As others have mentioned, to have a Windows DHCP server issue DHCP leases from two separate /24 scopes, you would want to implement VLANs. I don't recommend using a superscope unless absolutely necessary. It just gets ugly.
For VLANning, you would need a managed switch that handles VLAN tagging. You would want to tag traffic for a given port as belonging to VLAN 2 or 3 (just example VLAN IDs - you can choose whatever you want aside from VLAN 1, as that is the default VLAN).
To do so, first you would configure VLAN 2 and 3 in the switch with an IP address in either DHCP scope. For example, VLAN 2 has 192.168.1.253, and VLAN 3 has 192.168.2.253.
Then, you want to tag each given switch port as belonging to either VLAN. In most switches, this is done with a command similar to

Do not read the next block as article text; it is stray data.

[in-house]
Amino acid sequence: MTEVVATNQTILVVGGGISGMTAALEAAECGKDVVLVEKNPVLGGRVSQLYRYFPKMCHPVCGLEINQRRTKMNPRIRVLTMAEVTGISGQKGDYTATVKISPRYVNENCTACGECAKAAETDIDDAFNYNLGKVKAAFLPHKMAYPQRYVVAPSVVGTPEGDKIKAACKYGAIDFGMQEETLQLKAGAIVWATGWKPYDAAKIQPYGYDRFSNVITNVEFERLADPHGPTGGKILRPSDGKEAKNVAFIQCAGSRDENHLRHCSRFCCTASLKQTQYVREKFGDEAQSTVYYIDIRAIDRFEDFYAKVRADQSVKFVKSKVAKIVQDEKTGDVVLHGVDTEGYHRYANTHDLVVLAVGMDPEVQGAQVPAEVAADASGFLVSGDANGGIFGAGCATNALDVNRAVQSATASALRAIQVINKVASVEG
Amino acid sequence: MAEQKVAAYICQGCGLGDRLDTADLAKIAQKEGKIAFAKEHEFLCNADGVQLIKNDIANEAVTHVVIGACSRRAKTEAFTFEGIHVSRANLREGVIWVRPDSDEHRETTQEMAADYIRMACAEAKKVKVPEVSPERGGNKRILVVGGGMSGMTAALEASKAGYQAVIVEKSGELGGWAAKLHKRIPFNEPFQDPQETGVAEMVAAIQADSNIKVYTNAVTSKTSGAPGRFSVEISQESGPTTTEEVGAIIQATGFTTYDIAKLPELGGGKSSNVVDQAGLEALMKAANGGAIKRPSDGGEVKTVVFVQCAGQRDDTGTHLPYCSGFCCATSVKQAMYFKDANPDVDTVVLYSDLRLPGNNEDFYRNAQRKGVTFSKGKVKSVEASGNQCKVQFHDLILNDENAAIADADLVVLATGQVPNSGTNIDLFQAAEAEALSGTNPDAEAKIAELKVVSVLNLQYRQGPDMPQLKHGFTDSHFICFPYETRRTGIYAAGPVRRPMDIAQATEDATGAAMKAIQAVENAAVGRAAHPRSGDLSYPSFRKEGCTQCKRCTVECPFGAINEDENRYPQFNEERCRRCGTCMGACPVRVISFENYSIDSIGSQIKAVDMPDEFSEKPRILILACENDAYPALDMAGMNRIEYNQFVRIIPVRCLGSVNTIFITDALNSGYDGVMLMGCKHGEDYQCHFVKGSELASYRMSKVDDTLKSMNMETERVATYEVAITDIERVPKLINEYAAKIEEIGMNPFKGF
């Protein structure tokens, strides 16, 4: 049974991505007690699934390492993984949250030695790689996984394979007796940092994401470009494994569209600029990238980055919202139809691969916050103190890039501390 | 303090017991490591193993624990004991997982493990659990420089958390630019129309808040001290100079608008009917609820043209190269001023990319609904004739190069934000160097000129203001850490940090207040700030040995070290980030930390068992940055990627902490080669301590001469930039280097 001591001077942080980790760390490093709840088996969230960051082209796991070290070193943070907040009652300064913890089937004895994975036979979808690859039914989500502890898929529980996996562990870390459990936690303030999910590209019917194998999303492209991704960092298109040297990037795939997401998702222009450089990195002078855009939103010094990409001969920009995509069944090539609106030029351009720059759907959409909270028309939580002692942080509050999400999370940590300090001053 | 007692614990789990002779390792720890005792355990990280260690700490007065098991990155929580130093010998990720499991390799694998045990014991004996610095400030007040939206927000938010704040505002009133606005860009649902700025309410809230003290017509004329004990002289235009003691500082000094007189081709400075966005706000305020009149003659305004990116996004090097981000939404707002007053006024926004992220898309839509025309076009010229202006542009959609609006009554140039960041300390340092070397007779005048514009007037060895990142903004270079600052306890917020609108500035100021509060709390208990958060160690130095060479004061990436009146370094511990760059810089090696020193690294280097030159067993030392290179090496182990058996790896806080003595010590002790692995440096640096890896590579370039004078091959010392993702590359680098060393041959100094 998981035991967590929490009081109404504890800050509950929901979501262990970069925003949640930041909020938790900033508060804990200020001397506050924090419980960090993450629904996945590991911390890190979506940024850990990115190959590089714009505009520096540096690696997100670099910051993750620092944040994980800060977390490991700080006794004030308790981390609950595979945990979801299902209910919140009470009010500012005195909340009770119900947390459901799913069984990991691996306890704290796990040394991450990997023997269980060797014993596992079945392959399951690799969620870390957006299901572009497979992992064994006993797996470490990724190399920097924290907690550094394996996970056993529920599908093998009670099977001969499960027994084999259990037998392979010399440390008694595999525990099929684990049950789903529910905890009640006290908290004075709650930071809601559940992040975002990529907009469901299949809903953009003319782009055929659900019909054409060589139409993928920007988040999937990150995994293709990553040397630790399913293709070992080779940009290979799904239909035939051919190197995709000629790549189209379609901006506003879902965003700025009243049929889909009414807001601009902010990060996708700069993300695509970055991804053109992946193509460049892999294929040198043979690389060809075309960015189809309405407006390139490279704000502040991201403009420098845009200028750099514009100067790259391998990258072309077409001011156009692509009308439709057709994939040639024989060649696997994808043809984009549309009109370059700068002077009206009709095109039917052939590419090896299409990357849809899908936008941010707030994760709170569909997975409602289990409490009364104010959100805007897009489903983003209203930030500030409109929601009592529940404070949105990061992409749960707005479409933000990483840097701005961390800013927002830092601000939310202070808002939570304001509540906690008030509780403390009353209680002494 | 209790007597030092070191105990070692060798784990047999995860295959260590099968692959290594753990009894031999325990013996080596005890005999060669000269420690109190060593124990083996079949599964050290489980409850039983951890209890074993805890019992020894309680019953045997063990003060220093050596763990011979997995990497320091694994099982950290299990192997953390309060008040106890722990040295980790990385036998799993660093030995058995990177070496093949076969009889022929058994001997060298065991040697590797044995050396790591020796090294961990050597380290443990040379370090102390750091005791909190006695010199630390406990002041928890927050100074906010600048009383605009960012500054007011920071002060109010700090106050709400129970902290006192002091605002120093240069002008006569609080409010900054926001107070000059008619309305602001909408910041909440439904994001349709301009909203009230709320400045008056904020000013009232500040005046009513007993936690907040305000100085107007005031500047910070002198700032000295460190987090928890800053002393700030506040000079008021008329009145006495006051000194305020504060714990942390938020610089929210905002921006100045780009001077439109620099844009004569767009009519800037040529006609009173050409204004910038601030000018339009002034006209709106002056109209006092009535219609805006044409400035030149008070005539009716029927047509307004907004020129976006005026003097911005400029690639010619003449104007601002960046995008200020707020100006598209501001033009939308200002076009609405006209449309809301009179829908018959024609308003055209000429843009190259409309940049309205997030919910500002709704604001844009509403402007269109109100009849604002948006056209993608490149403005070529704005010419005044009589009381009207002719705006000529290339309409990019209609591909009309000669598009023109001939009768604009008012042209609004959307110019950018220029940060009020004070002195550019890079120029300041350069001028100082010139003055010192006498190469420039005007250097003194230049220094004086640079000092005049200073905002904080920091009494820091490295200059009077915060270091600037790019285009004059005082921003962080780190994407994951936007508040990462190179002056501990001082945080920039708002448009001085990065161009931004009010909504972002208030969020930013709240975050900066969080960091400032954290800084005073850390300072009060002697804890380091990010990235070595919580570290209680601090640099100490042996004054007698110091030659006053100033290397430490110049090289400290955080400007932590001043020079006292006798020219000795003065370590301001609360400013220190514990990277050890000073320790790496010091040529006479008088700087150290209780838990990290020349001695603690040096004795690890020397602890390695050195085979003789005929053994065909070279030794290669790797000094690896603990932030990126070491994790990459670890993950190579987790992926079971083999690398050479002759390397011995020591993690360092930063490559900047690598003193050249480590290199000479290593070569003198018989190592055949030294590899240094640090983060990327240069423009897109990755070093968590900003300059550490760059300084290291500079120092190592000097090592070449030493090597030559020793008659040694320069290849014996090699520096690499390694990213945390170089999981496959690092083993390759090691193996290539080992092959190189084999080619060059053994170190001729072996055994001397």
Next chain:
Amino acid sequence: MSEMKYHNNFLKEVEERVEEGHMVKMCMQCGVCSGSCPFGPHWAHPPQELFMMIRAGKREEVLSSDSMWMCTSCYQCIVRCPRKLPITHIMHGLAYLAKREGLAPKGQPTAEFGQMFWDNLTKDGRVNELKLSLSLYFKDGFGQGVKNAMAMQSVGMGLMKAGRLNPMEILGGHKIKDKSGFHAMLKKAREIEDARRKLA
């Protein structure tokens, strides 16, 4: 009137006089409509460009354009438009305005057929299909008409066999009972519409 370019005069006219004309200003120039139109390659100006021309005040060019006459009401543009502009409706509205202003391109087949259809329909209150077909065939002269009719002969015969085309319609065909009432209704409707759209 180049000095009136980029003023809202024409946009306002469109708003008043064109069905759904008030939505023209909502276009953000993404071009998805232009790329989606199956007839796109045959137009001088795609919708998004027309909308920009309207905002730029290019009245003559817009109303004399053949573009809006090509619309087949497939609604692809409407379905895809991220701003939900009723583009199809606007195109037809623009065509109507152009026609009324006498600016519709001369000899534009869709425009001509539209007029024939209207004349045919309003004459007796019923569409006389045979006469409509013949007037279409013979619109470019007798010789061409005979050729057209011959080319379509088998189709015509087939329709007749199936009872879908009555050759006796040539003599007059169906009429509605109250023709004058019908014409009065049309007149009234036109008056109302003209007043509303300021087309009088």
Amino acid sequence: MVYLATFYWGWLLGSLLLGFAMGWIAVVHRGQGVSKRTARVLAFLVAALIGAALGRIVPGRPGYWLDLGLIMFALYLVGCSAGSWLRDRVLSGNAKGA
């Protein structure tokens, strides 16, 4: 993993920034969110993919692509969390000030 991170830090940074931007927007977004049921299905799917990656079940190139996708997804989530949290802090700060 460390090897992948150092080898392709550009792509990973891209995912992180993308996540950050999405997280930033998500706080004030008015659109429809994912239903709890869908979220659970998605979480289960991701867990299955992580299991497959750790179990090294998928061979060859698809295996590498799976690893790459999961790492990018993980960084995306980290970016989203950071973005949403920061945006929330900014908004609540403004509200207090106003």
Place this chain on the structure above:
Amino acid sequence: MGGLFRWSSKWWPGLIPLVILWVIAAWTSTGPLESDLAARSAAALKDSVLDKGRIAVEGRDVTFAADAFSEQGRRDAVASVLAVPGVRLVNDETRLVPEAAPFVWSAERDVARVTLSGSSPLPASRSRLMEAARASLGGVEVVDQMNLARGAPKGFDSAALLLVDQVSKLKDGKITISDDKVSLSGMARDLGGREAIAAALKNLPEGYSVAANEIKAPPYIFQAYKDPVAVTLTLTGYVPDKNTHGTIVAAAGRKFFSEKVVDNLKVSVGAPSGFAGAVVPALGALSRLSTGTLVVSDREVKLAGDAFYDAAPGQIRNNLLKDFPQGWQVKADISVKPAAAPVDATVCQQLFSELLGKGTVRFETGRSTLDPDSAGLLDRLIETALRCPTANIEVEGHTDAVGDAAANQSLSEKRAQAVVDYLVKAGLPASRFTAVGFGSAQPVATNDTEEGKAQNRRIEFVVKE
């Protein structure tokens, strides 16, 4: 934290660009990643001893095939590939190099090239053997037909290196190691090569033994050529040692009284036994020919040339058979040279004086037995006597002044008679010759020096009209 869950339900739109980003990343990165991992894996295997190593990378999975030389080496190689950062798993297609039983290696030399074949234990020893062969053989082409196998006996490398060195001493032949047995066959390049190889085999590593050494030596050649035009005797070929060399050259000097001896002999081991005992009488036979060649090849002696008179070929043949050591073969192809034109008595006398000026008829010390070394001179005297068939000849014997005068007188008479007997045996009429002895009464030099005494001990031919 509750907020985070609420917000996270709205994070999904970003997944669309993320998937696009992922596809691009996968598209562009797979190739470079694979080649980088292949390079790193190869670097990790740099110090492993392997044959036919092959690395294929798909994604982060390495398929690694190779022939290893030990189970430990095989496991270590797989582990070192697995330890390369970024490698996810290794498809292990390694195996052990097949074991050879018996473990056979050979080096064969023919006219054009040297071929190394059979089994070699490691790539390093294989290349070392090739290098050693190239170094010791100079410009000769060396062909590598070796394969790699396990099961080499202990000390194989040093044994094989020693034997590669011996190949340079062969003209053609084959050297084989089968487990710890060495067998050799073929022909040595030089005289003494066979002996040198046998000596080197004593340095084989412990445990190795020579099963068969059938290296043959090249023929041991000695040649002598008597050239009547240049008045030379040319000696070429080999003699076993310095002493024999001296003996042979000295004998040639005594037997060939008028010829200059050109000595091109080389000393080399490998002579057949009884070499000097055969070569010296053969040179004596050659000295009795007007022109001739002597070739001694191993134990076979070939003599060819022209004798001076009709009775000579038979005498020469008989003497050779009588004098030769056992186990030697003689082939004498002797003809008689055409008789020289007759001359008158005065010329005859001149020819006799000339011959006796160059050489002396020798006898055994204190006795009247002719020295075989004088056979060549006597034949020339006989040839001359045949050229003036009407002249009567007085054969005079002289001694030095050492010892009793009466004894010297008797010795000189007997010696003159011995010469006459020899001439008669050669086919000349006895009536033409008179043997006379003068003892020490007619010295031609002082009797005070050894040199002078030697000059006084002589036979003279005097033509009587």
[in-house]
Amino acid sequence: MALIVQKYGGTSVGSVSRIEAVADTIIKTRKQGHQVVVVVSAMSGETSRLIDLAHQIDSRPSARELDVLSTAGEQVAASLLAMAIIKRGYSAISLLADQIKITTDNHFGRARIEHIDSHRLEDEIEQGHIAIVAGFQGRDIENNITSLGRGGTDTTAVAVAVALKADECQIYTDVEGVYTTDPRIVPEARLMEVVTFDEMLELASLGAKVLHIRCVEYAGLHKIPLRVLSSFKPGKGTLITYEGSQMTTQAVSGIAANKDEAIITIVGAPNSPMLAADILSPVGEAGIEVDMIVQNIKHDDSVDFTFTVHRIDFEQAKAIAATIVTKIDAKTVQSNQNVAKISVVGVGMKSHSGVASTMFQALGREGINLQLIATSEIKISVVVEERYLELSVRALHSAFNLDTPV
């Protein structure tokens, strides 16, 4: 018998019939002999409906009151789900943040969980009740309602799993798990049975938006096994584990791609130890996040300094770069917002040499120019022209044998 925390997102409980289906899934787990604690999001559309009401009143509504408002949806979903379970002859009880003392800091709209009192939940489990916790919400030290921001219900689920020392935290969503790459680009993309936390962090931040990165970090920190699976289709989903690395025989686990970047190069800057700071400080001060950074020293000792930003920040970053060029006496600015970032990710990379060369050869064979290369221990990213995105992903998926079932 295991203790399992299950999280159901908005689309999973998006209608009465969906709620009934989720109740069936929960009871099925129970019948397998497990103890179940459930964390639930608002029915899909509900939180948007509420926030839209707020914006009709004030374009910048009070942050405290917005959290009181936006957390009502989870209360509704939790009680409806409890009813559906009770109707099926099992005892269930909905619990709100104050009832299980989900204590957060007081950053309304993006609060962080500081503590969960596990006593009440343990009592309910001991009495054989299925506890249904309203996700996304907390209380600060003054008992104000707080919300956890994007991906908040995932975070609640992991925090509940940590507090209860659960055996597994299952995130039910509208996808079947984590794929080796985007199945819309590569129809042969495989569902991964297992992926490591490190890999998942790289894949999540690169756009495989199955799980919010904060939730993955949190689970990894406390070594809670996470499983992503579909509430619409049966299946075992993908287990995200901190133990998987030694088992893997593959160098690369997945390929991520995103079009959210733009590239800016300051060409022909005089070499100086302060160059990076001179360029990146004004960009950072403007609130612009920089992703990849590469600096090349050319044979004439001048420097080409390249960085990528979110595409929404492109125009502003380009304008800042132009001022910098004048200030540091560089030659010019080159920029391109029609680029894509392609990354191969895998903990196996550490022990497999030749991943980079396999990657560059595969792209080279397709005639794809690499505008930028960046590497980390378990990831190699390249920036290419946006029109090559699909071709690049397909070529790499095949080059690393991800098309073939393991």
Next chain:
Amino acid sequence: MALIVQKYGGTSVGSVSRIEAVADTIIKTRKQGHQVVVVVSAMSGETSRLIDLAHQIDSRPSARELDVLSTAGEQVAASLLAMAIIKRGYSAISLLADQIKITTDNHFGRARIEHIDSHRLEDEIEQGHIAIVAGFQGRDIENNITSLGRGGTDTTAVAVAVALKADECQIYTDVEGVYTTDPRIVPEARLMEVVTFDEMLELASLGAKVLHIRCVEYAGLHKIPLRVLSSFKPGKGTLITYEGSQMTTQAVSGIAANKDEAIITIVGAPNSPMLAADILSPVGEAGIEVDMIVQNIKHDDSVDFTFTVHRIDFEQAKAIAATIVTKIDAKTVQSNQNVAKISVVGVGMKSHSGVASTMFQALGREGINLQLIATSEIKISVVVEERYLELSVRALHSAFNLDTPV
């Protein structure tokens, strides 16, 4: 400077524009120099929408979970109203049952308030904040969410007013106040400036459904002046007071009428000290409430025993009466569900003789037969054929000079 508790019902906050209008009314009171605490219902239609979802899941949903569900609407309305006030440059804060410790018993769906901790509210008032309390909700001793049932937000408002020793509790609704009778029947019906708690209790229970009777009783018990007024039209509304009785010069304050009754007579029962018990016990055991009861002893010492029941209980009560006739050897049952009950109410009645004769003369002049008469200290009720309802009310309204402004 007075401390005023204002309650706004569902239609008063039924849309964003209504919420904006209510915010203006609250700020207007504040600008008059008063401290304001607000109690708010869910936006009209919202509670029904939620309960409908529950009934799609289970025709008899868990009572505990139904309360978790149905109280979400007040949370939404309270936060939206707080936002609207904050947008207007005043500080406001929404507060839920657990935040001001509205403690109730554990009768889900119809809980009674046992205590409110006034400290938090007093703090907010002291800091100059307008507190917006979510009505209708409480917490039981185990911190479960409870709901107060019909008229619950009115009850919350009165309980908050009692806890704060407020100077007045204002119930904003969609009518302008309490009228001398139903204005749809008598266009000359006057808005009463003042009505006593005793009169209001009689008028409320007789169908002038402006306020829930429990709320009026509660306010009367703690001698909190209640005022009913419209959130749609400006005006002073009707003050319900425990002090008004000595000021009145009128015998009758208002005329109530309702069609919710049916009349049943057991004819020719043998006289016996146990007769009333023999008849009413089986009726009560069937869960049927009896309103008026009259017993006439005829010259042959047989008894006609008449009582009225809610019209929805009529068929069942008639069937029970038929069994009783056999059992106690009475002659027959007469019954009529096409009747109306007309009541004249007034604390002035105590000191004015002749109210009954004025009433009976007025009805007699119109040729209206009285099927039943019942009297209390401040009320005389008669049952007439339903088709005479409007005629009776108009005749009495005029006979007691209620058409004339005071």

switchport access vlan 2. Substitute 2 for 3 where desired.
After this, configure each VLAN with an IP helper address of the DHCP server. IP helper tells traffic where to go to get a DHCP lease, but tags the traffic for that specified VLAN, and makes the request appear to come from the VLAN IP address. So the server would see the DHCP request coming from either 192.168.1.253, or 192.168.2.253, and issue a DHCP lease in whichever subnet the request came from.
All of this working together would allow you to get a DHCP lease from the desired scope.